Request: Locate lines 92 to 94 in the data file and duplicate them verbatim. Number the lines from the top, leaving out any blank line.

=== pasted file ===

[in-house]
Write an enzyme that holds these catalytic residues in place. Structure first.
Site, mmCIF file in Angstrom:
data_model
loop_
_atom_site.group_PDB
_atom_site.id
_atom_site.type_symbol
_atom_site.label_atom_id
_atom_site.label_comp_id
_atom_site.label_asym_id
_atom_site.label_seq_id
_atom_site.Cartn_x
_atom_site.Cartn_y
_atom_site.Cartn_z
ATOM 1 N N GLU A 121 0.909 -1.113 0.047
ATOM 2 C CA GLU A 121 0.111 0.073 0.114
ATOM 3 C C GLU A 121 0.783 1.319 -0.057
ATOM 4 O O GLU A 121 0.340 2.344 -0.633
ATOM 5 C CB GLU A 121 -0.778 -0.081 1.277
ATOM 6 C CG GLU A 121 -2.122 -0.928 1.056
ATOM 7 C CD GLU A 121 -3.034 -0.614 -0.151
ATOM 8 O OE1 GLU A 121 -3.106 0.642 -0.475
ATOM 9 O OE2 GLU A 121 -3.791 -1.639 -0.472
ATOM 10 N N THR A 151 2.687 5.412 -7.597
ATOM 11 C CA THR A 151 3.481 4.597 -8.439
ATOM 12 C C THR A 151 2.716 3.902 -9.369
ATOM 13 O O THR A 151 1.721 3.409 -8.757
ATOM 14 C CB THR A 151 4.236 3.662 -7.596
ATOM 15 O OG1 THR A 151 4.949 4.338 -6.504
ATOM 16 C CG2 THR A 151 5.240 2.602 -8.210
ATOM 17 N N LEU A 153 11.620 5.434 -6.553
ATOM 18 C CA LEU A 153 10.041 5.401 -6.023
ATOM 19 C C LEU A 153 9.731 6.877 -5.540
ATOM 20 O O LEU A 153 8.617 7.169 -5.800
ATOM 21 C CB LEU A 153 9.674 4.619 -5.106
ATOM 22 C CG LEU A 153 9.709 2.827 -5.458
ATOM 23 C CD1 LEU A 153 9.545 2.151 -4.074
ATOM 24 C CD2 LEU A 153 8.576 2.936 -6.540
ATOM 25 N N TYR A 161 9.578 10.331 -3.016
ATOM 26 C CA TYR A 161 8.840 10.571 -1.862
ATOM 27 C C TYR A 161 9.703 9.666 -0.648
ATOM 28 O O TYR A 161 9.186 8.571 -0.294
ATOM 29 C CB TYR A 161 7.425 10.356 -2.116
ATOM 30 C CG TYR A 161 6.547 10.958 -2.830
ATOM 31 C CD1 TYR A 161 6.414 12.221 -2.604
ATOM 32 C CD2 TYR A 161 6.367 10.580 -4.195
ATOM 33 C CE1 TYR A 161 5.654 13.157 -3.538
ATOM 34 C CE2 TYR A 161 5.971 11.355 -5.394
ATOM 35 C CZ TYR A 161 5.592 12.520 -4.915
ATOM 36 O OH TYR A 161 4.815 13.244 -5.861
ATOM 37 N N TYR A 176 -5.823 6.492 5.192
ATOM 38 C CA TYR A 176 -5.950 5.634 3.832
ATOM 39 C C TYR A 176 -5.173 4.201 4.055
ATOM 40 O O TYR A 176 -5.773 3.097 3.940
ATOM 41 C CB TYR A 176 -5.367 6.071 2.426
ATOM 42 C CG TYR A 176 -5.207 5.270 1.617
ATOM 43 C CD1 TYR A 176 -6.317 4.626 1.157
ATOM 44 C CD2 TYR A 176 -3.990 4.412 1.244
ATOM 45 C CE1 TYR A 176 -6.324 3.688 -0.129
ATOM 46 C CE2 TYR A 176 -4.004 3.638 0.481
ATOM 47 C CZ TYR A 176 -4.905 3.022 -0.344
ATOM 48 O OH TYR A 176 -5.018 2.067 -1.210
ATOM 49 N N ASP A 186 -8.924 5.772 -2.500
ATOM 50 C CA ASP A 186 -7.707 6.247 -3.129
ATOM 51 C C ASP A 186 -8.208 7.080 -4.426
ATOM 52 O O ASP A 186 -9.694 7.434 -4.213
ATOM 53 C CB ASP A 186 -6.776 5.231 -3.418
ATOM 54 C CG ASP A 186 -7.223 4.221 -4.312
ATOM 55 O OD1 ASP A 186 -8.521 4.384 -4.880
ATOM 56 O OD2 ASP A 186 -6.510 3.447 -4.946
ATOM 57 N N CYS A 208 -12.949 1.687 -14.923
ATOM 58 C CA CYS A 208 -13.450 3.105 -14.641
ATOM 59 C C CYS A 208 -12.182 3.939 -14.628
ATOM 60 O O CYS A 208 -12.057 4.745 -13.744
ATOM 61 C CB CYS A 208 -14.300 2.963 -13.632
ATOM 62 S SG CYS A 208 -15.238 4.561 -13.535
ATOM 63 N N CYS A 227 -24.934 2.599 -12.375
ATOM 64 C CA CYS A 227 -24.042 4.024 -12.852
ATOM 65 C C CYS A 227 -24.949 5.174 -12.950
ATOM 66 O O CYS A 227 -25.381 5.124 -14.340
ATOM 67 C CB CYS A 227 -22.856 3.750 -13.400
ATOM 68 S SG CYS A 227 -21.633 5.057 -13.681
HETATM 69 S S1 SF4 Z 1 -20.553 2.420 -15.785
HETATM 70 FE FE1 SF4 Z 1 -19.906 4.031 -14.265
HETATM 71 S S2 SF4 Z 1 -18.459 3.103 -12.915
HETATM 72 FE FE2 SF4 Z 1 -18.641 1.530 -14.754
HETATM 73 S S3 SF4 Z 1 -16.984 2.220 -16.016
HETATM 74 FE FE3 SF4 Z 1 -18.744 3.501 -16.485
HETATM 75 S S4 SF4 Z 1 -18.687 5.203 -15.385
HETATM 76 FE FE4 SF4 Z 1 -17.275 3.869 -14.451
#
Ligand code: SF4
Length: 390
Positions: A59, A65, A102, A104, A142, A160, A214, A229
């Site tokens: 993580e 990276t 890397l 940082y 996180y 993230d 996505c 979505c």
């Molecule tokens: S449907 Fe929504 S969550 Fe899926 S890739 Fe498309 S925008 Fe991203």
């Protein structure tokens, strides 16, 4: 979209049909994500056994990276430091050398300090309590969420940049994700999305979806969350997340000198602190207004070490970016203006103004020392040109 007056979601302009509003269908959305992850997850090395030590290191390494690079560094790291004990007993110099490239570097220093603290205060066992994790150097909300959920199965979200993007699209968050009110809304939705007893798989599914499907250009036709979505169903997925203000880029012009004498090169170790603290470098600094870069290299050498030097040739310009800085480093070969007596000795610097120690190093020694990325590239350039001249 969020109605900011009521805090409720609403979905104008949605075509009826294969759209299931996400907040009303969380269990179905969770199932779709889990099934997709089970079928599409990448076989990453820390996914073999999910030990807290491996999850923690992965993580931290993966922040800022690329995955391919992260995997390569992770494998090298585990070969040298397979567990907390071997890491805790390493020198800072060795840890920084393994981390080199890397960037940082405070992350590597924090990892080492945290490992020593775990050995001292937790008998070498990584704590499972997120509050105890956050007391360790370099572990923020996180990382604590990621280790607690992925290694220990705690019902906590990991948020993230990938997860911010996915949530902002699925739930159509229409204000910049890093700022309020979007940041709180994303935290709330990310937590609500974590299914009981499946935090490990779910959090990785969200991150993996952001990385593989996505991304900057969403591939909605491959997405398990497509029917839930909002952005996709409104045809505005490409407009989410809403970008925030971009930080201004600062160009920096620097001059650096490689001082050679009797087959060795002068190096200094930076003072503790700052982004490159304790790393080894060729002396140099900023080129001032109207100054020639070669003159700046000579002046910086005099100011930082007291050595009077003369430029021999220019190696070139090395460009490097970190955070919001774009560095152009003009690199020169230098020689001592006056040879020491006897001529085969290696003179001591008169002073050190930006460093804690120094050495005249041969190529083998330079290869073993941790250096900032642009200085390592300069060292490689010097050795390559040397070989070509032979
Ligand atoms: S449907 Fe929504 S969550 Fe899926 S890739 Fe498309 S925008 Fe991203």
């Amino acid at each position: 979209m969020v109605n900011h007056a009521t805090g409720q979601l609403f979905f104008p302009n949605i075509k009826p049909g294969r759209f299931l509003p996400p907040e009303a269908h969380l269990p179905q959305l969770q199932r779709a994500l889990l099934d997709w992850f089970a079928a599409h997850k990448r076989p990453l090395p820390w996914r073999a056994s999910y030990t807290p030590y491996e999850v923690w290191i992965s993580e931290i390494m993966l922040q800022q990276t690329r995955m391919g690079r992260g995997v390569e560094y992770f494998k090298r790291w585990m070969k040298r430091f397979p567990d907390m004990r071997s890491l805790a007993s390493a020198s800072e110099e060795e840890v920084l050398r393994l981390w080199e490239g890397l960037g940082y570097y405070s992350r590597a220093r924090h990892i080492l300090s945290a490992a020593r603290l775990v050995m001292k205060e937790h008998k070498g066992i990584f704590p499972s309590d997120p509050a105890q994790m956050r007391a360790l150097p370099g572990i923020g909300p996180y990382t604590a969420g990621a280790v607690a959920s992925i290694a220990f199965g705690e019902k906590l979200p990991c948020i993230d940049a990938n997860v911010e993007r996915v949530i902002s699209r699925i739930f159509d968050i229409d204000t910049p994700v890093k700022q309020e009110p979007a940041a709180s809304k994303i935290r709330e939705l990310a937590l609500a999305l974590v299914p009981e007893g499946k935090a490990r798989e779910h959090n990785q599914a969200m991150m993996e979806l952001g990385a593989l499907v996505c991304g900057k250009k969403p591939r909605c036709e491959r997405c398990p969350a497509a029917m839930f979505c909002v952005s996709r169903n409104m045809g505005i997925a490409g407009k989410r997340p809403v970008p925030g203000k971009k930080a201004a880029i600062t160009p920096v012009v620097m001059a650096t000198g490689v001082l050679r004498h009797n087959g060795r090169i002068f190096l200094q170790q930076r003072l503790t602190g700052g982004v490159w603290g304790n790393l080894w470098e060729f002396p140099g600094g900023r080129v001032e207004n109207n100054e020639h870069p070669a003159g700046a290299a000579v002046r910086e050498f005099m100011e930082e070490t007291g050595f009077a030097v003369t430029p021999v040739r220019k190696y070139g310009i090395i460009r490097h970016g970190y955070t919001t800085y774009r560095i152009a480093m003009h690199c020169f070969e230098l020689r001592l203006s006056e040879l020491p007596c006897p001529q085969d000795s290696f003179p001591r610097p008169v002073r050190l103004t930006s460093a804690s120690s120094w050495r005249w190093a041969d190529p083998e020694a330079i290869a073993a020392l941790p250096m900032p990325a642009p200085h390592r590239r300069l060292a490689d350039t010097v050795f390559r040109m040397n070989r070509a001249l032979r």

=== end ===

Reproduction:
#
Ligand code: SF4
Length: 390